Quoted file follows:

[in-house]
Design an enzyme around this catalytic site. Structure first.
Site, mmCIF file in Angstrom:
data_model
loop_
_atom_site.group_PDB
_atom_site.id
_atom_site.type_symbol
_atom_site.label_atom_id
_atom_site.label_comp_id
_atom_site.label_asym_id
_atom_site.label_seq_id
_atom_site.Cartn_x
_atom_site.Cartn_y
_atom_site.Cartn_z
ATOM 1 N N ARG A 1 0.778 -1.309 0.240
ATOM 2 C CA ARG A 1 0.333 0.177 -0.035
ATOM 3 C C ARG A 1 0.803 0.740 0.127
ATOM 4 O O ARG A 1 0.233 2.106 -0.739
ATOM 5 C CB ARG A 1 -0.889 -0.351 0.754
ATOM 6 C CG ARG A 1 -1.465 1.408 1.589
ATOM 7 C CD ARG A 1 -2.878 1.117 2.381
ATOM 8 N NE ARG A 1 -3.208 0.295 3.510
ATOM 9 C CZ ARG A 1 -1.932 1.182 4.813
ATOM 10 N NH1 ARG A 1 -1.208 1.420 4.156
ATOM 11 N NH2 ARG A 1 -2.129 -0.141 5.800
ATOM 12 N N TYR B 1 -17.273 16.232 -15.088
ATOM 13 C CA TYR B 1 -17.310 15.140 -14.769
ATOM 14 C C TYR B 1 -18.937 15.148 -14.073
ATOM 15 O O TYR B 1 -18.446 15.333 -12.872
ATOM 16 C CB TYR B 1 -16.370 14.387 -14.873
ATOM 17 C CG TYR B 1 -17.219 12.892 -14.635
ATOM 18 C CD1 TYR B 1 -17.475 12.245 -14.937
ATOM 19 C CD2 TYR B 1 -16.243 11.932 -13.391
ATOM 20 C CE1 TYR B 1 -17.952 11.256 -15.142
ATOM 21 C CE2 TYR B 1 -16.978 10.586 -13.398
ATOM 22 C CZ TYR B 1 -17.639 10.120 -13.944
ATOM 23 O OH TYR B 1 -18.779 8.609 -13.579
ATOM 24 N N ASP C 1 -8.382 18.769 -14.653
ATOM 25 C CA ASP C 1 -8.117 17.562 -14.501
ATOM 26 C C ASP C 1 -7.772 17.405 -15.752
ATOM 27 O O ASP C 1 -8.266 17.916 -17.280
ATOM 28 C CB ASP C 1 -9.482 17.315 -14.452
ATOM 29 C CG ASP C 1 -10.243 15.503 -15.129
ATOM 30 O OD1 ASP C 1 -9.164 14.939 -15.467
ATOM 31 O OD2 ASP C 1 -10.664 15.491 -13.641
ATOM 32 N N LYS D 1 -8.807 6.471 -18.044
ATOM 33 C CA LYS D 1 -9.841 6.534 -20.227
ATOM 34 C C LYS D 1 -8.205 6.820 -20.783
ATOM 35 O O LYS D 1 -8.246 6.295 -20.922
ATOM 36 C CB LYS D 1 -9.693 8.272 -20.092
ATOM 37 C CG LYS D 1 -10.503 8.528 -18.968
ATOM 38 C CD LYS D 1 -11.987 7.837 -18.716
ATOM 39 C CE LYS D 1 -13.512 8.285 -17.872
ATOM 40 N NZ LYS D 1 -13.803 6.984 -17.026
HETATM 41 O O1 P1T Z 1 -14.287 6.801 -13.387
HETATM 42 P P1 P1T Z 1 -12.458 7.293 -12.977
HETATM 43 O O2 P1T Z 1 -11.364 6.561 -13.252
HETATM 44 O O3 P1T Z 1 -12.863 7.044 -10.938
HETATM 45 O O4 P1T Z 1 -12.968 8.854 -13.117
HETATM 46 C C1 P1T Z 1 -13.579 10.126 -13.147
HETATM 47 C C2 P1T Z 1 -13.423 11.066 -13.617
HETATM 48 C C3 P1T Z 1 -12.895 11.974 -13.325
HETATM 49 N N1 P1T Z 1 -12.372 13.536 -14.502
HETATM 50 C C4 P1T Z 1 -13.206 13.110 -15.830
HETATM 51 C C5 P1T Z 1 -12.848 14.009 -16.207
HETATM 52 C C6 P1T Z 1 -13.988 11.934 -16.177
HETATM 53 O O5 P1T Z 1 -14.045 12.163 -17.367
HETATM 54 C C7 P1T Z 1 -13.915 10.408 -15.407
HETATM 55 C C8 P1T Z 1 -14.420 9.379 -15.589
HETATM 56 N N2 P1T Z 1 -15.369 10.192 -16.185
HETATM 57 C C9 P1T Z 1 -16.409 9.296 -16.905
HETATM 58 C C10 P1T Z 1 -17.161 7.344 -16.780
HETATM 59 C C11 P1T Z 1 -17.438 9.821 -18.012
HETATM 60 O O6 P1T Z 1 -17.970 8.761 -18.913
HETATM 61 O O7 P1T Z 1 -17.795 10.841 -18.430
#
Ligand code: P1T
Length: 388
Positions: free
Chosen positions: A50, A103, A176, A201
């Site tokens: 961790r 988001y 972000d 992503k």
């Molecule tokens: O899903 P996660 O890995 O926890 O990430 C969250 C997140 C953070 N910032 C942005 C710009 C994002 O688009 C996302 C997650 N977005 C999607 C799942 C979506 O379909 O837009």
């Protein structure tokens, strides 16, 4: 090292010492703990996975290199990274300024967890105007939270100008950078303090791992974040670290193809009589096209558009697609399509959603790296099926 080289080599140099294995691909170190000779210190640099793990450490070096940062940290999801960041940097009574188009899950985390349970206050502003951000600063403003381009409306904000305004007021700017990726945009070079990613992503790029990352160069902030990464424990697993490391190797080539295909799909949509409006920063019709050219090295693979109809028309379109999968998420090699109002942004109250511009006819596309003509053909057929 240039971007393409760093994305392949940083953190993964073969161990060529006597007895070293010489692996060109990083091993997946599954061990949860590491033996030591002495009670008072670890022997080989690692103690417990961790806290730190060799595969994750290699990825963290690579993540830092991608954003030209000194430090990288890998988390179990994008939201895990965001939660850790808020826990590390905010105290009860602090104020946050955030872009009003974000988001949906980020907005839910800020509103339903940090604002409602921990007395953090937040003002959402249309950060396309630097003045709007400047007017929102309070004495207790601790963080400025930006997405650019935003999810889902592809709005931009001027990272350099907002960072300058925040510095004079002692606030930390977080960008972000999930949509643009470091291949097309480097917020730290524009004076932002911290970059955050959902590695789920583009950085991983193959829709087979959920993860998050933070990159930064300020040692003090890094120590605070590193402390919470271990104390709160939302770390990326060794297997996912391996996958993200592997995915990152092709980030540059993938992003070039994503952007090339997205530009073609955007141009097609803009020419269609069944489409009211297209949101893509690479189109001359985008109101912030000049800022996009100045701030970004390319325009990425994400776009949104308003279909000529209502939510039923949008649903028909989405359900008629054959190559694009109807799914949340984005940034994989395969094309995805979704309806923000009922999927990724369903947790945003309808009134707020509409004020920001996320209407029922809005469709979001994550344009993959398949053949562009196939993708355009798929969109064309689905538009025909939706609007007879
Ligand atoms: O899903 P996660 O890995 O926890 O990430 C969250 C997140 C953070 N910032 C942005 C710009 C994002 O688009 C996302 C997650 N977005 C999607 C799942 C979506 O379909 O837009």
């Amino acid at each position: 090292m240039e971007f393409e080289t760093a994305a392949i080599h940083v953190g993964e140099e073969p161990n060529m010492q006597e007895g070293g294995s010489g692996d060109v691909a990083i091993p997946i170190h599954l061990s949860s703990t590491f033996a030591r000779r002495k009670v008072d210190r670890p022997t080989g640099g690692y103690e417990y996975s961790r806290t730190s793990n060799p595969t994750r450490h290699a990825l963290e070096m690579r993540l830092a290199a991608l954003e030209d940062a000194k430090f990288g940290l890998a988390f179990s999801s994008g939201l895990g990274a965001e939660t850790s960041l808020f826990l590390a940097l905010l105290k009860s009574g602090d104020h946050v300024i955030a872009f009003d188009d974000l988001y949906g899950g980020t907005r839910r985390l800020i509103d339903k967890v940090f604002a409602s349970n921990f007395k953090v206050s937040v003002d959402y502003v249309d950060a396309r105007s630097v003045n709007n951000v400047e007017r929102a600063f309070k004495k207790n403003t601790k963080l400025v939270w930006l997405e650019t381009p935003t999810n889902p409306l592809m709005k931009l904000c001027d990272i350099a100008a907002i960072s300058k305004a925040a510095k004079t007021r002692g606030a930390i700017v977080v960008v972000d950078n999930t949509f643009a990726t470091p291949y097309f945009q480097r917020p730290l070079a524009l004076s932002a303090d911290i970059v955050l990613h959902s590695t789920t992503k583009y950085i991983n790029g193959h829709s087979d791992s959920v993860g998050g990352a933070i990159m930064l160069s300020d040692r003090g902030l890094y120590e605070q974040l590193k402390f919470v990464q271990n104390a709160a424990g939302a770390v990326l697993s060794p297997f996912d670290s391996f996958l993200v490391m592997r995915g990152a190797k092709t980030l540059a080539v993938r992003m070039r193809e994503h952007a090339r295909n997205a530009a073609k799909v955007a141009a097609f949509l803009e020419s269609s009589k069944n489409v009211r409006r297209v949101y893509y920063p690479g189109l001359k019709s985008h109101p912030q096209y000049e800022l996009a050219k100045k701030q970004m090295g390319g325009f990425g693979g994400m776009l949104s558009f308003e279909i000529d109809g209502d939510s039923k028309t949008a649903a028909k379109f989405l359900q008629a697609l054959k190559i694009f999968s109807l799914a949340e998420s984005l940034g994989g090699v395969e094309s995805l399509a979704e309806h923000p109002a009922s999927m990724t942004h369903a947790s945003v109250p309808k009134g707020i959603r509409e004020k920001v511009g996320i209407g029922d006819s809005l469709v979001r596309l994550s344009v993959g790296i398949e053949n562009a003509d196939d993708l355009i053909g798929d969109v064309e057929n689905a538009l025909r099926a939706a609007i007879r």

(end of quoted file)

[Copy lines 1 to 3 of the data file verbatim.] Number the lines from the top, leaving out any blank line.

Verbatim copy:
[in-house]
Design an enzyme around this catalytic site. Structure first.
Site, mmCIF file in Angstrom: